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Well, I'll sum up. I'm an autistic person and I've tried to see in faith, religion some kind of positivism in my life surrounded by problems not important now. So, I've debated with the religious leaders in the churches and as I expected none of them could answer me directly how can I feel the Holy Spirit in me, feel touched by God or moved by it. Since childhood I questioned it many times, prayed during the hardest times and I always felt the same as before, for me nothing changed and I can't feel the metaphysical elements that neurotypicals usually have and so, I couldn't find any explanations about it. Please if you know about it, tell me.

Edit: I need to clarify somethings, It's not for some chance that I simply posted this question here, I know the misinterpretation that neurotypicals often make when I do questions that confronts their own beliefs, althrough it's my right to make this question, wether you like it or not, at least respect my right to make it please.

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  • Hello, and welcome to Stack Exchange Philosophy. SE Philosophy cannot, and will not, give justification for the validity of any one religion. I suggest you ask this in SE Christianity instead. Also note that faith — by its very nature — cannot be debated into truth. If it could, it would not be faith, but an argument for the validity of Christianity.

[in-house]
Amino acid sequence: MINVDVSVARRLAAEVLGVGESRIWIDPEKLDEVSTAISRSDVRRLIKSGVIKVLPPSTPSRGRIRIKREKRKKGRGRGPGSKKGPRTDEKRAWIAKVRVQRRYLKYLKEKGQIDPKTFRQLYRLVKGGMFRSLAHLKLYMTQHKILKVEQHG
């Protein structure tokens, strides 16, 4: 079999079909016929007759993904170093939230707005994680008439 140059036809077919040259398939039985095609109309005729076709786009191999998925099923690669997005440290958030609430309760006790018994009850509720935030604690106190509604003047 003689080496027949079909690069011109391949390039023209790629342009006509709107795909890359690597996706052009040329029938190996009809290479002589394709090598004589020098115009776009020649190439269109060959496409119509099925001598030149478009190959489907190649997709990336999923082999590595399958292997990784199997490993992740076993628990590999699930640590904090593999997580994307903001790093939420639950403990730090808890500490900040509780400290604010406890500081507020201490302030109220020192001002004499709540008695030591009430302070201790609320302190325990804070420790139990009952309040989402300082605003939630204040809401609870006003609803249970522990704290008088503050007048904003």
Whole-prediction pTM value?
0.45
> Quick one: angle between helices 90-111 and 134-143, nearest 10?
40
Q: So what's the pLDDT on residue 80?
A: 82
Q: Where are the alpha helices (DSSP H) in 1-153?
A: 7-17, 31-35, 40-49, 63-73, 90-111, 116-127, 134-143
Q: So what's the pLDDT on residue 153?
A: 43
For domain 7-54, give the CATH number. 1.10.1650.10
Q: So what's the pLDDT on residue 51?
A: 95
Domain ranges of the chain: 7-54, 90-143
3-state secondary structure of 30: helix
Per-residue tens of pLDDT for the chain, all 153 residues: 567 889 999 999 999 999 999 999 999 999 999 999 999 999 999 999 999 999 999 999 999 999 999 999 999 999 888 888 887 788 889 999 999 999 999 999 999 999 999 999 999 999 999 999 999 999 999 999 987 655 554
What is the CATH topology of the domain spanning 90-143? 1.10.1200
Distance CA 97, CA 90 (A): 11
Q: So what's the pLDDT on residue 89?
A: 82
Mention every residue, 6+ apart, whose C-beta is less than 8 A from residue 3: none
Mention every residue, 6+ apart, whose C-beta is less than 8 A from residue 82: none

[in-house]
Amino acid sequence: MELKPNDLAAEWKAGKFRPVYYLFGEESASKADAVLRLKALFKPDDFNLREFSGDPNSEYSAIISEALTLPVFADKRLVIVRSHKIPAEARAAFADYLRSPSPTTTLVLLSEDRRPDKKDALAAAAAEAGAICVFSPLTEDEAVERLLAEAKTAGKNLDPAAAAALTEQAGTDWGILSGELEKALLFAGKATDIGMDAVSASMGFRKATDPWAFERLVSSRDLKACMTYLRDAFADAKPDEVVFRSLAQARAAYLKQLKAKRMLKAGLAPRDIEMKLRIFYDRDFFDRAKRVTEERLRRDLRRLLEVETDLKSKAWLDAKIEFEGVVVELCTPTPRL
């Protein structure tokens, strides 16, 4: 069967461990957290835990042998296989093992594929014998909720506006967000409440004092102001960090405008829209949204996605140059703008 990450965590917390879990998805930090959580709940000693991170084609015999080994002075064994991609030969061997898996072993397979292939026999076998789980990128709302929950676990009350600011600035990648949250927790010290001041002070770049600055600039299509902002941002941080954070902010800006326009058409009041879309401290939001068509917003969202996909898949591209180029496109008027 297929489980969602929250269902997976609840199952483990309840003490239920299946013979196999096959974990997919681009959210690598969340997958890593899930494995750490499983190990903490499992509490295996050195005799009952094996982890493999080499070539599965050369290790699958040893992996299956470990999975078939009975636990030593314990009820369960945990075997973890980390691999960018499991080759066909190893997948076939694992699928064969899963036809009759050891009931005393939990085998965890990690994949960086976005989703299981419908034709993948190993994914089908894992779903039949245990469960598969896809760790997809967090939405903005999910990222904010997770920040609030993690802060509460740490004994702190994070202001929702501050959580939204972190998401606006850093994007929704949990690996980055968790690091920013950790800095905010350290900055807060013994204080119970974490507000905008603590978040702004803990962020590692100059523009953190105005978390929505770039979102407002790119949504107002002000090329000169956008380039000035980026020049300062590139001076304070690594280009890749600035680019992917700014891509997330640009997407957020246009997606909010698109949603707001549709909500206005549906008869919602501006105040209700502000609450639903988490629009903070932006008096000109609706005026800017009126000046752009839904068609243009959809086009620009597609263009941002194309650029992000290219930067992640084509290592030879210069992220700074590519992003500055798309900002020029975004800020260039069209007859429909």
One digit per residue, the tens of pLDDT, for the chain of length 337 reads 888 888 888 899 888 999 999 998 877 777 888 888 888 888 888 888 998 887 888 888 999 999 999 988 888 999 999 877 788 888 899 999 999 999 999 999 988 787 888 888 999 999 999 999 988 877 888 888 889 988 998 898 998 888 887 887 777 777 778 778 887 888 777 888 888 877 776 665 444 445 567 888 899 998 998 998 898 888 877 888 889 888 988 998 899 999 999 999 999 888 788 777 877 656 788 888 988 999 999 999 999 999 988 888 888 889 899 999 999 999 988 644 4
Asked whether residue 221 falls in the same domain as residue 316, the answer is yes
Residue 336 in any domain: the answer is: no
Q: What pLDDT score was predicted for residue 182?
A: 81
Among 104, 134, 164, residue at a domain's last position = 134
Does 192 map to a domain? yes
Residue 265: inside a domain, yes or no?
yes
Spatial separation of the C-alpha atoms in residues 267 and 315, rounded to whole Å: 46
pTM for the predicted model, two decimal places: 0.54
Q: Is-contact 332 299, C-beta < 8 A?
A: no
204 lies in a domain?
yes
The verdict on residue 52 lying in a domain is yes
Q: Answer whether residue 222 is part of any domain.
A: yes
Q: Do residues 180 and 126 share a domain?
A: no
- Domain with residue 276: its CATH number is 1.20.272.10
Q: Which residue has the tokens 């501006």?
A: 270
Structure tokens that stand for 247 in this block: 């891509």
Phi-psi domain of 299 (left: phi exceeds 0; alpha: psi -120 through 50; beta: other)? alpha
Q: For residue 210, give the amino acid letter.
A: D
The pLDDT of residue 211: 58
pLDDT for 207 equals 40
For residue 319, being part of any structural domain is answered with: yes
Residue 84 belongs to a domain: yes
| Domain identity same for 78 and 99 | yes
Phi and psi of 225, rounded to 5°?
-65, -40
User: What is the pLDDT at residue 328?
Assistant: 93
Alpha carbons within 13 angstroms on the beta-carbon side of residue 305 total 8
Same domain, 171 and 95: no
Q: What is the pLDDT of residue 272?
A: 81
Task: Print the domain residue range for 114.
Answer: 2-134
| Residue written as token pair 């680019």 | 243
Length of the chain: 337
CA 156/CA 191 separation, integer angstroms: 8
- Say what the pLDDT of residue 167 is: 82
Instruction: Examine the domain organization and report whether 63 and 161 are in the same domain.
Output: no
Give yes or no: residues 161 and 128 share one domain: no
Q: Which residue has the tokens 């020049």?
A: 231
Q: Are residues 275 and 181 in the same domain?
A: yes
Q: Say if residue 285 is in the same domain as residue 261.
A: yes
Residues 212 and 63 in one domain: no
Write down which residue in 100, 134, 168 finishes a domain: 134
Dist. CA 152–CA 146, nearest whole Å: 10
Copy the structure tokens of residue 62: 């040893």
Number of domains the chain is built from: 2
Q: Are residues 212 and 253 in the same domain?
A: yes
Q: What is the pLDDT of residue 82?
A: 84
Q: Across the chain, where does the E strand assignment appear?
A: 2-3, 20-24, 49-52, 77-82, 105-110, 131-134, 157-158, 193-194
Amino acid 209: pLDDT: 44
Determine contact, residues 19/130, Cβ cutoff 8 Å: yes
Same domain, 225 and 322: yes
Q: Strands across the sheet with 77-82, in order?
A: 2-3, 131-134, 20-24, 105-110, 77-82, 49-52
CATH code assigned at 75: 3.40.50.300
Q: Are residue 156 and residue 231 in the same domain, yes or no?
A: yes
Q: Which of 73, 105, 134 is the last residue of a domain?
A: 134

– MichaelK
    Nov 12, 2023 at 18:20
  • Hm, guess I was right, I'll surely will check this forum, thank you, I was suffering with this question so much, thank you! Nov 12, 2023 at 18:26
  • I have a feeling that many philosophers might have had these same feelings regarding religion! Nov 12, 2023 at 20:15
  • Yes, there have been plenty of theists who questioned what it feels like to feel the holy spirit, or to be moved by it or by God, and whether that's even a real thing. Many of them are atheists now. As for autism, that's at least somewhat linked to being more grounded and not seeing the sense in fantastical thinking. (I agree that this question doesn't really belong here in its current form, but note that if you ask theists, like those on Christianity SE, you'll only be getting perspectives from one side - I expect they'll say things like your doubts are tests, or come from Satan).